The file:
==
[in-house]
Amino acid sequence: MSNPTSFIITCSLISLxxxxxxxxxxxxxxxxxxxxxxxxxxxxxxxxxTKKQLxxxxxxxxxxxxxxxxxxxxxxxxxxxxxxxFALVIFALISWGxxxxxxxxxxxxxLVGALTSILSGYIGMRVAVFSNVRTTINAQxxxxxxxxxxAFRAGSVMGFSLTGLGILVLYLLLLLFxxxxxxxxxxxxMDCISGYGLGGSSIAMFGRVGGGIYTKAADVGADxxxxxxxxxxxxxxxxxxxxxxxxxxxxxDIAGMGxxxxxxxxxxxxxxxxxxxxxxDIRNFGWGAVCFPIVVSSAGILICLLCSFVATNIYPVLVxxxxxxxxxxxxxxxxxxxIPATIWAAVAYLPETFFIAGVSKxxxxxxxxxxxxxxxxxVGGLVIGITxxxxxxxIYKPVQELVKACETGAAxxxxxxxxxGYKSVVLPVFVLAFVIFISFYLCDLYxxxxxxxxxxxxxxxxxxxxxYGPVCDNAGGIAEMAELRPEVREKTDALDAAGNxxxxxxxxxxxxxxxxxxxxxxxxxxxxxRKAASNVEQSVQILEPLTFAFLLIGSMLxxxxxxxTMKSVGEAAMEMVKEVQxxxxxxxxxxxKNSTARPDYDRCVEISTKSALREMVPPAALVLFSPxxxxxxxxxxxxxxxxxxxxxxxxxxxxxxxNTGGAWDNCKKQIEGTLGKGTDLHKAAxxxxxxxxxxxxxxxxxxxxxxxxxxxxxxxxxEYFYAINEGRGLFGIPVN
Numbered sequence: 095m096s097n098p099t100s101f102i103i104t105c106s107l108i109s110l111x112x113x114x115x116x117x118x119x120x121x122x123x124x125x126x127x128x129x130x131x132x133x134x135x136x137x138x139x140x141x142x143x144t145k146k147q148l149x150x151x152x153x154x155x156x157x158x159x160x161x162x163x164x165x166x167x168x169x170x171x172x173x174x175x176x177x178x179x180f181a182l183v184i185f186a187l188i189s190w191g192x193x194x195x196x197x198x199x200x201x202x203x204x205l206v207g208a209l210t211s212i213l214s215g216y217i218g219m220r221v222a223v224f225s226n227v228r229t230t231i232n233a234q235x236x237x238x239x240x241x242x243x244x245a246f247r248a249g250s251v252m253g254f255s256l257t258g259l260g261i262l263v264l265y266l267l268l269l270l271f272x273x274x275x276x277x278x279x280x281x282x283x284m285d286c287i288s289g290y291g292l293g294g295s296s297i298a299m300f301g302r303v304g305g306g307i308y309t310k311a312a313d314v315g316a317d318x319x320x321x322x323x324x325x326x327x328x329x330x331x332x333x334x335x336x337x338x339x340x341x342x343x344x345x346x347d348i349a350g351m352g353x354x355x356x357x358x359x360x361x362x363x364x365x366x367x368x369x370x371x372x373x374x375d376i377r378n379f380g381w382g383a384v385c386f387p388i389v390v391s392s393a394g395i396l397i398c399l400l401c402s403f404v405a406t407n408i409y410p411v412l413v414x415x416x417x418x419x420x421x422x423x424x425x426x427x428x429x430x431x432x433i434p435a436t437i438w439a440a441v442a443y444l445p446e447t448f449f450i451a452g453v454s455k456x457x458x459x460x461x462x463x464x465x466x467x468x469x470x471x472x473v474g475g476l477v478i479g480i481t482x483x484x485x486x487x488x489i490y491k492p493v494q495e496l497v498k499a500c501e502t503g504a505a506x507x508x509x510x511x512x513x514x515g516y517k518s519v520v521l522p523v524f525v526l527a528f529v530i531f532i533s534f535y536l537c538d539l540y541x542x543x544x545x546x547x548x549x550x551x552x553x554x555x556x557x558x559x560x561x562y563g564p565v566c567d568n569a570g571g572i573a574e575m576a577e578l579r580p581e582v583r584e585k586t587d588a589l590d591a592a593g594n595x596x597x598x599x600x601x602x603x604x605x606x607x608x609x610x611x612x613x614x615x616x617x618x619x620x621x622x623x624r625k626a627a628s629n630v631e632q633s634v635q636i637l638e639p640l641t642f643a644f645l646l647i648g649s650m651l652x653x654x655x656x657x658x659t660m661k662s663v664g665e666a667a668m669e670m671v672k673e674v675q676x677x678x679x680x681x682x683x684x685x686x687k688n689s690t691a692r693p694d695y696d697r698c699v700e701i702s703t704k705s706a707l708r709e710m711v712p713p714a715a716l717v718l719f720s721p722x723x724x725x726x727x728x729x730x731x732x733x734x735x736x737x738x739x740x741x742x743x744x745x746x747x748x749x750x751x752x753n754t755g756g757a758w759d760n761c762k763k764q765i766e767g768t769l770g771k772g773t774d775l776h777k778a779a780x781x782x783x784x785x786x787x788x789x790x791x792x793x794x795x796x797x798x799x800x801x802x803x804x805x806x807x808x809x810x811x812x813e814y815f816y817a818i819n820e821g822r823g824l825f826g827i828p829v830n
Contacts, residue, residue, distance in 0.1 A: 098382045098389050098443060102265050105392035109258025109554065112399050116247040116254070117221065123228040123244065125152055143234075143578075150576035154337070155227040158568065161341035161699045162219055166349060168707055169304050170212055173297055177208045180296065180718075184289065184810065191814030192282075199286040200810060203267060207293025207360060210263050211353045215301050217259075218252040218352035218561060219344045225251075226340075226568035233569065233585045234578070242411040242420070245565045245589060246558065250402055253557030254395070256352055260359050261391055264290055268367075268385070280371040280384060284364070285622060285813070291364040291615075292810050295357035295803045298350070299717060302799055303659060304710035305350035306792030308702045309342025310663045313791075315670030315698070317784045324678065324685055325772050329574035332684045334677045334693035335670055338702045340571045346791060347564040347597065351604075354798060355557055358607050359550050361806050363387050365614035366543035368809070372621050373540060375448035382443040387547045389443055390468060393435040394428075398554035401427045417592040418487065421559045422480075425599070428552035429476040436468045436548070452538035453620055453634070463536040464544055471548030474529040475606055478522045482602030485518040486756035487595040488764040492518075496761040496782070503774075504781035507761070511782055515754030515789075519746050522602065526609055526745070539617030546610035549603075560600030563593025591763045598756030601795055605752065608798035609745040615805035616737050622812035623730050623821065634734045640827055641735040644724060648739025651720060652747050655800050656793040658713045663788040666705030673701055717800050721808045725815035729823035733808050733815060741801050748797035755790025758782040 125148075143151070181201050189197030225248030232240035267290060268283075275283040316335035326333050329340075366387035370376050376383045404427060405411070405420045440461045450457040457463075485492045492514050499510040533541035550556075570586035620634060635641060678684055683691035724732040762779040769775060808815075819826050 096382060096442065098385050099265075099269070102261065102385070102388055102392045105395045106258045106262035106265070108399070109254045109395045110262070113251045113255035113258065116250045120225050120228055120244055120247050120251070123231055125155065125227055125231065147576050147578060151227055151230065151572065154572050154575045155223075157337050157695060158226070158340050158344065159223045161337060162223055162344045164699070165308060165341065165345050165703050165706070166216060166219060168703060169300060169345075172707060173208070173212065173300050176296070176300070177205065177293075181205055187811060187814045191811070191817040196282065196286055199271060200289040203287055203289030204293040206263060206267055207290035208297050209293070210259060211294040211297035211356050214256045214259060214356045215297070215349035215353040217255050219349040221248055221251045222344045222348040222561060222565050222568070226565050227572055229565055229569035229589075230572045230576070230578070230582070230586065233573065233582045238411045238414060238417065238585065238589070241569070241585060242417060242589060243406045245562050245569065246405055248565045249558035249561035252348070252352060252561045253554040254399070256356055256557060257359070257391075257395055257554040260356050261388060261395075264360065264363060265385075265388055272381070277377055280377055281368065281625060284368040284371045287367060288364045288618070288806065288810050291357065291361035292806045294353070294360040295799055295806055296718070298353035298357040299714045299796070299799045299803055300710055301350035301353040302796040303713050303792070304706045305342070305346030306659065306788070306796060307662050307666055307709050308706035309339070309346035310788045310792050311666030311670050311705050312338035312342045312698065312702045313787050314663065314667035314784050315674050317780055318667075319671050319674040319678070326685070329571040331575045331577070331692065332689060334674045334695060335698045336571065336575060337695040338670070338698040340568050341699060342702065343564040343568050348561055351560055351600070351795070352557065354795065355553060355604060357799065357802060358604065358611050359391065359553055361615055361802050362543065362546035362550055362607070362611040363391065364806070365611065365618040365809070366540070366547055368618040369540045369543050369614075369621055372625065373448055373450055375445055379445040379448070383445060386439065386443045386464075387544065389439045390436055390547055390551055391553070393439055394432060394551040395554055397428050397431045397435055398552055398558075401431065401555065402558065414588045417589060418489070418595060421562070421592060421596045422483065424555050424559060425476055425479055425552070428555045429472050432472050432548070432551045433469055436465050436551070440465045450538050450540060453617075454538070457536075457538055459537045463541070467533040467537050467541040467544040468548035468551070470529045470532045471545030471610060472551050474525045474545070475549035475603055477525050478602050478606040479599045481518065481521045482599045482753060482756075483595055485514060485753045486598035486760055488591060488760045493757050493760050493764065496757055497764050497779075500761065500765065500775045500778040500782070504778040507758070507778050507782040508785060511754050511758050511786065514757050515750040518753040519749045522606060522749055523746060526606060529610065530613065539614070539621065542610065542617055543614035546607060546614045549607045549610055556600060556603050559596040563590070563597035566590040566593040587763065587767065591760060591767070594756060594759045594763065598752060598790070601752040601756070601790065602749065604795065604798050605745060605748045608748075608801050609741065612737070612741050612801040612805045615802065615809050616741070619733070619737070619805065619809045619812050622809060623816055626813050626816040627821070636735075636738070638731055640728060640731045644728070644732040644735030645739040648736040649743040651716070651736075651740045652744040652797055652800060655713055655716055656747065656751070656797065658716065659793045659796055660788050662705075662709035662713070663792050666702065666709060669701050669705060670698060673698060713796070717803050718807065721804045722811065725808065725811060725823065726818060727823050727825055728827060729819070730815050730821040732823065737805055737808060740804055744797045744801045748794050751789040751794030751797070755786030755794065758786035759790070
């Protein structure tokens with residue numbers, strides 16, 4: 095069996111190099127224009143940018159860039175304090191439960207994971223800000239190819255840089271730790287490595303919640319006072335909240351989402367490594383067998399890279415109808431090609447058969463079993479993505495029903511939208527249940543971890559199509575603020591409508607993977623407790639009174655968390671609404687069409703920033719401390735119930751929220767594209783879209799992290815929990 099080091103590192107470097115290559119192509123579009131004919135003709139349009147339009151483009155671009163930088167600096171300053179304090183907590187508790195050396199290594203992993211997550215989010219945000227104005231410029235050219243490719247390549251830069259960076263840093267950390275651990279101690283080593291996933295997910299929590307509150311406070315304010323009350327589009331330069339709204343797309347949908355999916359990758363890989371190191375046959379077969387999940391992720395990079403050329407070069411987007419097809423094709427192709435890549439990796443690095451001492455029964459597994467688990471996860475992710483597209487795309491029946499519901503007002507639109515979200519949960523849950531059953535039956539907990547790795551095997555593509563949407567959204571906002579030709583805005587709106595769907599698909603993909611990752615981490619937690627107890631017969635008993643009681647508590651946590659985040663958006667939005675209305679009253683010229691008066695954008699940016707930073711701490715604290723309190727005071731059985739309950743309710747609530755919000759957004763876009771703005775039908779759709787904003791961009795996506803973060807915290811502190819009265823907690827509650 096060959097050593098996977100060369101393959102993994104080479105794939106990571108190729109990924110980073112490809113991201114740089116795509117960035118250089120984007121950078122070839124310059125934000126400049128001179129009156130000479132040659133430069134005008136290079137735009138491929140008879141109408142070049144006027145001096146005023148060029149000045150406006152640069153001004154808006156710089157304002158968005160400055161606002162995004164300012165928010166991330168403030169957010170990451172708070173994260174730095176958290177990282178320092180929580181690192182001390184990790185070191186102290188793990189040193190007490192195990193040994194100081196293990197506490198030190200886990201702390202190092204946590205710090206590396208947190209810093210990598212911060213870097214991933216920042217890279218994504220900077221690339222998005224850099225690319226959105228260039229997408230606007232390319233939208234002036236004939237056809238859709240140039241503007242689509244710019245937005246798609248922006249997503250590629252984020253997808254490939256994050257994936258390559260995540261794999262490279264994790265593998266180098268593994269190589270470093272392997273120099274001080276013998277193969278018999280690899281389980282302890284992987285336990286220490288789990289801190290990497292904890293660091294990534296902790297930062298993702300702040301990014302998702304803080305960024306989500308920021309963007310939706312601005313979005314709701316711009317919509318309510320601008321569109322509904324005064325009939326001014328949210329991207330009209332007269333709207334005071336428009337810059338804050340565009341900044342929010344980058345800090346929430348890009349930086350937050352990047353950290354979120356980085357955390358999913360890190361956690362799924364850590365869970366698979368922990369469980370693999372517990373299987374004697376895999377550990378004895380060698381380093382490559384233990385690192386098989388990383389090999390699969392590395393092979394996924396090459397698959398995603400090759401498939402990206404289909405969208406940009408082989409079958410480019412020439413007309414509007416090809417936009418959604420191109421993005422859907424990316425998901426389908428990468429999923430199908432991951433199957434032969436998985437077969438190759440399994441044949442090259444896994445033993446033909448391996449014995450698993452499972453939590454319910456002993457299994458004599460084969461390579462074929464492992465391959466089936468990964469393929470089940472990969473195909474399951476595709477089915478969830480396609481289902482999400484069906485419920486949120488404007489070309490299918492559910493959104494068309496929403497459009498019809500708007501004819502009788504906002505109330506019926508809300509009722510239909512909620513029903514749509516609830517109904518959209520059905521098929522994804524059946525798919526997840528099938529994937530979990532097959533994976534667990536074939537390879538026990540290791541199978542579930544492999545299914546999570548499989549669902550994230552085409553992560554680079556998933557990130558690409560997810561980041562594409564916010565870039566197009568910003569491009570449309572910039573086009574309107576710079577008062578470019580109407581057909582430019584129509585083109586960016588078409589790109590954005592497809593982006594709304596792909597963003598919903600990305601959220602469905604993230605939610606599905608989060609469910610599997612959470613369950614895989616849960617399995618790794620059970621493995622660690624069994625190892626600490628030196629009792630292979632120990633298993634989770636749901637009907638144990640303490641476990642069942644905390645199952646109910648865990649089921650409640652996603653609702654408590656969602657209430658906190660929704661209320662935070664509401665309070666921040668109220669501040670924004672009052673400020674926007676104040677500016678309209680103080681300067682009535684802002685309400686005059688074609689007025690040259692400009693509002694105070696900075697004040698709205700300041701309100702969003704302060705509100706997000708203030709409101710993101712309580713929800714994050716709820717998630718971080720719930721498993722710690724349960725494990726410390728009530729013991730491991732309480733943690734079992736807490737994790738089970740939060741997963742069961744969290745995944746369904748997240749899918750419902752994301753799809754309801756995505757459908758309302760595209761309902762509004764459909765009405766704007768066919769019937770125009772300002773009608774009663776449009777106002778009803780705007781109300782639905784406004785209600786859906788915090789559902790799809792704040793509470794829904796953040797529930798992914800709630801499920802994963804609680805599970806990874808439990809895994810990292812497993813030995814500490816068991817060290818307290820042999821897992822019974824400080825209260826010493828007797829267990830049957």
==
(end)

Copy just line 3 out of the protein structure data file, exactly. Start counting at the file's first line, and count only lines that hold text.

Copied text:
Numbered sequence: 095m096s097n098p099t100s101f102i103i104t105c106s107l108i109s110l111x112x113x114x115x116x117x118x119x120x121x122x123x124x125x126x127x128x129x130x131x132x133x134x135x136x137x138x139x140x141x142x143x144t145k146k147q148l149x150x151x152x153x154x155x156x157x158x159x160x161x162x163x164x165x166x167x168x169x170x171x172x173x174x175x176x177x178x179x180f181a182l183v184i185f186a187l188i189s190w191g192x193x194x195x196x197x198x199x200x201x202x203x204x205l206v207g208a209l210t211s212i213l214s215g216y217i218g219m220r221v222a223v224f225s226n227v228r229t230t231i232n233a234q235x236x237x238x239x240x241x242x243x244x245a246f247r248a249g250s251v252m253g254f255s256l257t258g259l260g261i262l263v264l265y266l267l268l269l270l271f272x273x274x275x276x277x278x279x280x281x282x283x284m285d286c287i288s289g290y291g292l293g294g295s296s297i298a299m300f301g302r303v304g305g306g307i308y309t310k311a312a313d314v315g316a317d318x319x320x321x322x323x324x325x326x327x328x329x330x331x332x333x334x335x336x337x338x339x340x341x342x343x344x345x346x347d348i349a350g351m352g353x354x355x356x357x358x359x360x361x362x363x364x365x366x367x368x369x370x371x372x373x374x375d376i377r378n379f380g381w382g383a384v385c386f387p388i389v390v391s392s393a394g395i396l397i398c399l400l401c402s403f404v405a406t407n408i409y410p411v412l413v414x415x416x417x418x419x420x421x422x423x424x425x426x427x428x429x430x431x432x433i434p435a436t437i438w439a440a441v442a443y444l445p446e447t448f449f450i451a452g453v454s455k456x457x458x459x460x461x462x463x464x465x466x467x468x469x470x471x472x473v474g475g476l477v478i479g480i481t482x483x484x485x486x487x488x489i490y491k492p493v494q495e496l497v498k499a500c501e502t503g504a505a506x507x508x509x510x511x512x513x514x515g516y517k518s519v520v521l522p523v524f525v526l527a528f529v530i531f532i533s534f535y536l537c538d539l540y541x542x543x544x545x546x547x548x549x550x551x552x553x554x555x556x557x558x559x560x561x562y563g564p565v566c567d568n569a570g571g572i573a574e575m576a577e578l579r580p581e582v583r584e585k586t587d588a589l590d591a592a593g594n595x596x597x598x599x600x601x602x603x604x605x606x607x608x609x610x611x612x613x614x615x616x617x618x619x620x621x622x623x624r625k626a627a628s629n630v631e632q633s634v635q636i637l638e639p640l641t642f643a644f645l646l647i648g649s650m651l652x653x654x655x656x657x658x659t660m661k662s663v664g665e666a667a668m669e670m671v672k673e674v675q676x677x678x679x680x681x682x683x684x685x686x687k688n689s690t691a692r693p694d695y696d697r698c699v700e701i702s703t704k705s706a707l708r709e710m711v712p713p714a715a716l717v718l719f720s721p722x723x724x725x726x727x728x729x730x731x732x733x734x735x736x737x738x739x740x741x742x743x744x745x746x747x748x749x750x751x752x753n754t755g756g757a758w759d760n761c762k763k764q765i766e767g768t769l770g771k772g773t774d775l776h777k778a779a780x781x782x783x784x785x786x787x788x789x790x791x792x793x794x795x796x797x798x799x800x801x802x803x804x805x806x807x808x809x810x811x812x813e814y815f816y817a818i819n820e821g822r823g824l825f826g827i828p829v830n